Jan had just published a new Dutch book on political language and the rise of the extreme right in Belgium – Ik stel vast, Politiek taalgebruik, politieke vernieuwing en verrechtsing (EPO, 2001) - a razor-sharp analysis of the Flemish political landscape. In a favorable review in the newspaper De Morgen, Karl Van den Broeck described him as a 'radical', who dared to use the 'C' word (Capitalism). As a former student, I didn't really understand that qualification. I had read the book and saw it as an excellent, evidence-based academic and pedagogical work. Why he was labelled as a ‘radical’, was something I couldn’t understand. The qualification only became clear to me when I later received that label myself. It is a label that says much more about the norm in media circles than the person and analysis branded as such. It is to his credit that Jan never allowed himself to be influenced by such labels or much fiercer opposition from the news, academia, civil service and politics.
Jan is a classic example of a public intellectual. He was someone who combined an enormously rich and demanding top-level academic career with an exceptional social commitment. The late Edward Said wrote about the intellectual as someone who is always in exile. Someone who, driven by universal principles and critical analysis, is invariably forced to be an outsider, to question the status quo, and to make that analysis public. Jan was the embodiment of an intellectual committed to the great ideals: democracy, universal human rights, justice and equality. He was never looking for applause, he was in it for the greater principles. He didn’t speak to please the powerful, but to let the voice of those in the margins be heard.
Academia, civil society and antiracism
A year later I had my first real job. I started working as a diversity consultant for the City of Ghent in Belgium. This basically meant that I started a study. Coincidentally, Jan had been there before me too. Years before I started working, he had set up a huge action research initiative, and I eagerly built on it. His racism course, and especially his work with Jef Verschueren (Debating Diversity) proved to be an excellent preparation for the job. As Jan had taught me, I took the job very seriously. I began reading any work on diversity, diversity policy, migration and integration that I could get my hands on
Meanwhile, after working hours, I continued to research and try to make my writings public. That's how I ended up at the anti-racist movement Kif Kif. The step from civil servant to civil society felt like a liberation. From 2002 onwards, with many volunteers, we built an anti-racist platform: an alternative medium that would make way for voices from below. Jan not only had a prominent voice on that platform but also regularly gave lectures and led workshops. I ended up among a group of militants and like-minded people. It was no coincidence that many of them were Jan's former students.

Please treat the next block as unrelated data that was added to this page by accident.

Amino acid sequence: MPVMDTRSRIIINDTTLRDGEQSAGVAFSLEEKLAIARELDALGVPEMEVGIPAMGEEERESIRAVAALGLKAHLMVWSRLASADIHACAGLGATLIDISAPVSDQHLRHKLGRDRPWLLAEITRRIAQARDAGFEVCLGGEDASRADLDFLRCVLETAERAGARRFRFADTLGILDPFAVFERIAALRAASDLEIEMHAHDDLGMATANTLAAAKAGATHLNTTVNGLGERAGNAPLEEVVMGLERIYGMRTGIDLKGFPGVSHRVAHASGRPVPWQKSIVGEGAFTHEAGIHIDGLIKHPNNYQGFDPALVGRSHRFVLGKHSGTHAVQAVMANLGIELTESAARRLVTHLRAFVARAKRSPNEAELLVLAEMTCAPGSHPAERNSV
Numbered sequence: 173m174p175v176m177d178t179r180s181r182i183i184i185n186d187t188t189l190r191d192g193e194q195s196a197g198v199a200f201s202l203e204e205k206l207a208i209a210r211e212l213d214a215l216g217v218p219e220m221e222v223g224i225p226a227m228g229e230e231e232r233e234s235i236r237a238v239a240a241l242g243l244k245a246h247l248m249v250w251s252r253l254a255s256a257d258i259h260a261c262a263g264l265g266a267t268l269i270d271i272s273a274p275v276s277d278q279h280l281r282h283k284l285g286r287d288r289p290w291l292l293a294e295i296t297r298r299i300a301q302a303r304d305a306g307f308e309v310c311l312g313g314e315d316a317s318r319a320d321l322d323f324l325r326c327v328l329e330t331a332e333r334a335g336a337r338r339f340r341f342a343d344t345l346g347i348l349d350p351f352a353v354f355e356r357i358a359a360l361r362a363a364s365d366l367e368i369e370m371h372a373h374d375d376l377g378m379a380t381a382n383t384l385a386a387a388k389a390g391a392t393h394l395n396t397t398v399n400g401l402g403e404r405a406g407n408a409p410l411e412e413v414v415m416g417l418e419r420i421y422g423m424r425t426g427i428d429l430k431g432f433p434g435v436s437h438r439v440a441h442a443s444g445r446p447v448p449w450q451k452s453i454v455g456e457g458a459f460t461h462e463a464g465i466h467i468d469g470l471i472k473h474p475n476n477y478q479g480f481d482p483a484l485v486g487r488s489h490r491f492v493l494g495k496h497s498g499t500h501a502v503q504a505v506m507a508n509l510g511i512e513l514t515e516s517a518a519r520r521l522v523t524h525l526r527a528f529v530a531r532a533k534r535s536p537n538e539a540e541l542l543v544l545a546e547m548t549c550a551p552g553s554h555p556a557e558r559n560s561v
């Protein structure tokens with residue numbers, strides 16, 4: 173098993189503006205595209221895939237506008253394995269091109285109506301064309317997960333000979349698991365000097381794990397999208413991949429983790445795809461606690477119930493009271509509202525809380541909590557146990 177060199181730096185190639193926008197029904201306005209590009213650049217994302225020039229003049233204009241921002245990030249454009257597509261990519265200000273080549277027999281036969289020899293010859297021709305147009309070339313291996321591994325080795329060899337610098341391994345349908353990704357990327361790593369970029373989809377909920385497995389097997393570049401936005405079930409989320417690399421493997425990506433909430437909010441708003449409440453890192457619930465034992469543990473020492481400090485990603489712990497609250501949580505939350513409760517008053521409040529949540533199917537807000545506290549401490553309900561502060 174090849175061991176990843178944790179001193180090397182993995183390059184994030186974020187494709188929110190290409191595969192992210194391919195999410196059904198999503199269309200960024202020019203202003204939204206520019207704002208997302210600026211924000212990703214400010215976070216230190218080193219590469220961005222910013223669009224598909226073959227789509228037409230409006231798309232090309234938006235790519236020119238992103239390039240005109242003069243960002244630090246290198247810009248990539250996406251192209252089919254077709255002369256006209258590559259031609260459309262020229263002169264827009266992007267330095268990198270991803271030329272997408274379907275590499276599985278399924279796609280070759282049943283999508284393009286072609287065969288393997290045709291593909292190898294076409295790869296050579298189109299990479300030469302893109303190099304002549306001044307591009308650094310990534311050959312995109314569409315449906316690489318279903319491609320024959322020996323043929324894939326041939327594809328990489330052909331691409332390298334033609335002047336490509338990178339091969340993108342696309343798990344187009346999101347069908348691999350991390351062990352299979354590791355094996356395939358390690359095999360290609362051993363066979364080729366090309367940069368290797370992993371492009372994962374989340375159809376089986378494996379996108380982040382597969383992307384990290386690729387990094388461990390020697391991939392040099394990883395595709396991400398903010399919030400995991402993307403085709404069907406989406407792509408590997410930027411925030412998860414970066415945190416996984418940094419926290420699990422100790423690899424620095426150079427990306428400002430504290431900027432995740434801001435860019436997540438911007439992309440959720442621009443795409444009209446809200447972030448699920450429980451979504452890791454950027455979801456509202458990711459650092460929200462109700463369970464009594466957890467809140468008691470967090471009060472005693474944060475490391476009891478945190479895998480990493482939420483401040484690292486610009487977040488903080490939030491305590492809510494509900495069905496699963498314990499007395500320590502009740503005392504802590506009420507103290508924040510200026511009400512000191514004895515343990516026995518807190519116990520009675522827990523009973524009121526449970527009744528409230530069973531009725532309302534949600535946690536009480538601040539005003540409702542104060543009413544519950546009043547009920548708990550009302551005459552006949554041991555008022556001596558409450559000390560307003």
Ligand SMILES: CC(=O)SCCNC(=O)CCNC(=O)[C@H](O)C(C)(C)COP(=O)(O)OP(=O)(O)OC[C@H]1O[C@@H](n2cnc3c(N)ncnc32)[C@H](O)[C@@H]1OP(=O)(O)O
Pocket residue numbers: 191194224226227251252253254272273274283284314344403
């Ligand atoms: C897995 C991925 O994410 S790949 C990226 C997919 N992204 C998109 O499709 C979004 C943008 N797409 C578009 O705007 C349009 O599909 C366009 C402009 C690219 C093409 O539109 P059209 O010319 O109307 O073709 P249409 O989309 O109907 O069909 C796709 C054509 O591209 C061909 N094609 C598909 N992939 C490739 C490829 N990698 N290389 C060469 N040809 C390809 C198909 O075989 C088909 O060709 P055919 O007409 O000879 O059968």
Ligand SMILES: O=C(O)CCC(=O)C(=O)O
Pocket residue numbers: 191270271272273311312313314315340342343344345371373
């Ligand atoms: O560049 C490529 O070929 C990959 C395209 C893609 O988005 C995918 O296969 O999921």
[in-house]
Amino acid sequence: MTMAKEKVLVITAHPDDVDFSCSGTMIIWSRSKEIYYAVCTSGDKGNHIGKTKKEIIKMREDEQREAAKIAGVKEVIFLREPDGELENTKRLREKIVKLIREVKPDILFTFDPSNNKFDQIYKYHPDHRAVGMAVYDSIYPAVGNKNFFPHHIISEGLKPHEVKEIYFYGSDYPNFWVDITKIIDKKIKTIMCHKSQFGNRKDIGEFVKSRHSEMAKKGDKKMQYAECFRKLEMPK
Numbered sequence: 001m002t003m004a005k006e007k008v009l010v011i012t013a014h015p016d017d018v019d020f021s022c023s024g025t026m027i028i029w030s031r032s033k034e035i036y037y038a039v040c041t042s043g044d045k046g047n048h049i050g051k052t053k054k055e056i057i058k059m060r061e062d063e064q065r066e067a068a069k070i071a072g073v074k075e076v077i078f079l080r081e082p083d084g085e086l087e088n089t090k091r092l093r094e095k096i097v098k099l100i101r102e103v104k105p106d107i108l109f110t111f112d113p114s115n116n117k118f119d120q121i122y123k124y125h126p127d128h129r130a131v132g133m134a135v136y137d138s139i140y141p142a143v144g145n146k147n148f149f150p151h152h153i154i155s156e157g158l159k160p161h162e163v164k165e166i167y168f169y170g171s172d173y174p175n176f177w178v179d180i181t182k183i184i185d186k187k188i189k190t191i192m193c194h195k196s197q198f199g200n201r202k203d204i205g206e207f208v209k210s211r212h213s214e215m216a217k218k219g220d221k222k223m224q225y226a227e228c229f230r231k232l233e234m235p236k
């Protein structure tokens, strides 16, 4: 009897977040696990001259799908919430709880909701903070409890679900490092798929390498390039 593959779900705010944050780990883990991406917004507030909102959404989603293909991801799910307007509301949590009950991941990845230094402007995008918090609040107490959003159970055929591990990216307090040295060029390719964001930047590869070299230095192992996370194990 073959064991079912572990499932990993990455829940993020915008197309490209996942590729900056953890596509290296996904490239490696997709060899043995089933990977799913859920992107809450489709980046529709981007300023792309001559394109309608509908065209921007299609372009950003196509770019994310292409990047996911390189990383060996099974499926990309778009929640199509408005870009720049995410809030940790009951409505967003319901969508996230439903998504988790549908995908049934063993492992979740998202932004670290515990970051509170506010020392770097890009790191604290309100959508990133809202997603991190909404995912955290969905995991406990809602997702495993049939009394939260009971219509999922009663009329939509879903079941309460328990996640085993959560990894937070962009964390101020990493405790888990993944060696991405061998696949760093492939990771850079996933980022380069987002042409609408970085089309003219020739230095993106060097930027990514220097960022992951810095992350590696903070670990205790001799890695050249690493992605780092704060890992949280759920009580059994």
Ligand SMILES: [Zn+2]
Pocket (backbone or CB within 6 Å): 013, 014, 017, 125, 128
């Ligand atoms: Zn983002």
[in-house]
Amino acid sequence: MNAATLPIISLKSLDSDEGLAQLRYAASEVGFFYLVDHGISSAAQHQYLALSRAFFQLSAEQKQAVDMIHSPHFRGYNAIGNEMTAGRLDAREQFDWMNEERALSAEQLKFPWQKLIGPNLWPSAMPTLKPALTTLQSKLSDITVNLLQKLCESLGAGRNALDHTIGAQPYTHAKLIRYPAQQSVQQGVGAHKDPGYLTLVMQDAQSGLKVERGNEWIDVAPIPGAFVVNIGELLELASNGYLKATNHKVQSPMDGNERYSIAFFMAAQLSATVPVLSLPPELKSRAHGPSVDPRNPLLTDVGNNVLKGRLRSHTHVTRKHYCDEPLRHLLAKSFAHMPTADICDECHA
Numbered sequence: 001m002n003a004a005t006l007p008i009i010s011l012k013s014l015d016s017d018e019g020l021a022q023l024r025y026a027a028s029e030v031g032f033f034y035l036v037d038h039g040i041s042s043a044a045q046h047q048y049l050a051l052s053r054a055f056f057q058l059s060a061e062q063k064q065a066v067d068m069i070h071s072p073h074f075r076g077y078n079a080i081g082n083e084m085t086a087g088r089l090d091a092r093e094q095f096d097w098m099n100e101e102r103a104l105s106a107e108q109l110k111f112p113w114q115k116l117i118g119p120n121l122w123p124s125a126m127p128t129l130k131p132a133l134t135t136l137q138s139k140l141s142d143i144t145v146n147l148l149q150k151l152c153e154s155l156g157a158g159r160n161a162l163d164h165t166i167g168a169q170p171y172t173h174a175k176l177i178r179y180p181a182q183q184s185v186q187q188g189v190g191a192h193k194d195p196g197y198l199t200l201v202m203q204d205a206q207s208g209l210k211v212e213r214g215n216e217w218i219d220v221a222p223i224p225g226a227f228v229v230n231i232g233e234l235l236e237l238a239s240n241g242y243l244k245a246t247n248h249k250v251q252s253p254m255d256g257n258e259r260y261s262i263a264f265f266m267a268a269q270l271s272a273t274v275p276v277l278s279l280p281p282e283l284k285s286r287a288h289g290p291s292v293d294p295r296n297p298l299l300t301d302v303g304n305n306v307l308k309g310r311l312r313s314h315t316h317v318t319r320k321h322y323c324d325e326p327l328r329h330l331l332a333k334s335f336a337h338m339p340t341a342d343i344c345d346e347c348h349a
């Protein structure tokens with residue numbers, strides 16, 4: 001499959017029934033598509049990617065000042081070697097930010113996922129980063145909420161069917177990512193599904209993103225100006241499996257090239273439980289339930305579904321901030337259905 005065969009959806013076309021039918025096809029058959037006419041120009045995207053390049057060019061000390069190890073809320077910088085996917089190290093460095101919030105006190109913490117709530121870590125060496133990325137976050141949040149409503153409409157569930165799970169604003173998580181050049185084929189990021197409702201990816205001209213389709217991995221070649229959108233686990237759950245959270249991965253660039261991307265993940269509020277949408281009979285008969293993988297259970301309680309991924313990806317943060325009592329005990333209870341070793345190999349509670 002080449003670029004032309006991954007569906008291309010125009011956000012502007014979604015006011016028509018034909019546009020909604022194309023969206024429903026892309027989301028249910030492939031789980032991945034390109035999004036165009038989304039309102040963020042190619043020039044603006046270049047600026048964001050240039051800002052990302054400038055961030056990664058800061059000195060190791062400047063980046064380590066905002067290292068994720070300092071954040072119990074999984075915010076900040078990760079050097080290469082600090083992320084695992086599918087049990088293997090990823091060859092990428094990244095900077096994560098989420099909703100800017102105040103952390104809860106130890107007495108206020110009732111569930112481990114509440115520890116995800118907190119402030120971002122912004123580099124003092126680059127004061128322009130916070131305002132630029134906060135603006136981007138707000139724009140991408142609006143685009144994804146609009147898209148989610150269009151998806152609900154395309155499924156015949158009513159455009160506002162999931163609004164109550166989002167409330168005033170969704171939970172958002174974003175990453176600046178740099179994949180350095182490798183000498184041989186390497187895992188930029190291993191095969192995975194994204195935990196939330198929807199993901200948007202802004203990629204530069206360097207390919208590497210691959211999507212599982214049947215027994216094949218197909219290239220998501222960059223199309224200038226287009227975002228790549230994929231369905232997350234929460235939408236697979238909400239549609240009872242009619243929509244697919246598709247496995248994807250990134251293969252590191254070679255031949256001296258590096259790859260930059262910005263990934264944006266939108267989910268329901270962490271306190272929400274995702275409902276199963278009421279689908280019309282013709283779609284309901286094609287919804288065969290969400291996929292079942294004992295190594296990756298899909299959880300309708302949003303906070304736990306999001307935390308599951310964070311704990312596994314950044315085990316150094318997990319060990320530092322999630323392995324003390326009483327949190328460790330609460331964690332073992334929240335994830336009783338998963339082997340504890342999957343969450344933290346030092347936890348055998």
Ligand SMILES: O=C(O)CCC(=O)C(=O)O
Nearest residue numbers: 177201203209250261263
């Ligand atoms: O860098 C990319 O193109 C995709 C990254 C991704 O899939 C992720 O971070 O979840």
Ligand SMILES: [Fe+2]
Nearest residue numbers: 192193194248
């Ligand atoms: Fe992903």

In the period between my graduation and the start of my phd, Jan was my permanent connection with the university. His books published by EPO, along with his contributions to magazines such as SamPol and VMT and the Center for Islam in Europe website, were my gateway to academia. I read and studied them systematically, checked the references and tried to read those articles and books too. The Tilburg Working Papers in Culture Studies introduced me to top academics from all over the world. His commitment to open source publishing and opposition to academic publishing was not only a blessing to academics at less privileged universities but also incredibly useful for people active in civil society.
Both Jan's academic career and his demonstrations as a public intellectual contributed to that better world. His interventions were always didactic in nature. They took the reader, viewer, or student by the hand and showed them things that had remained invisible until Jan spoke. As a teacher he never sought to impress but rather to create students that were able to research and critically analyze society. This is precisely why Jan's scientific and social impact cannot be underestimated.
Jan Blommaert's legacy
Jan Blommaert was without a doubt one of the most important social scientists in Belgium and one of the most renowned sociolinguists. He has published hundreds of peer-reviewed papers. His books have been published by top scientific publishing houses, from Cambridge University Press and Routledge to Bloomsbury. He has given lectures and workshops around the world and has been associated with top universities in Great Britain, the US, China, Finland, South Africa, and the Netherlands. He is also one of our most cited academics.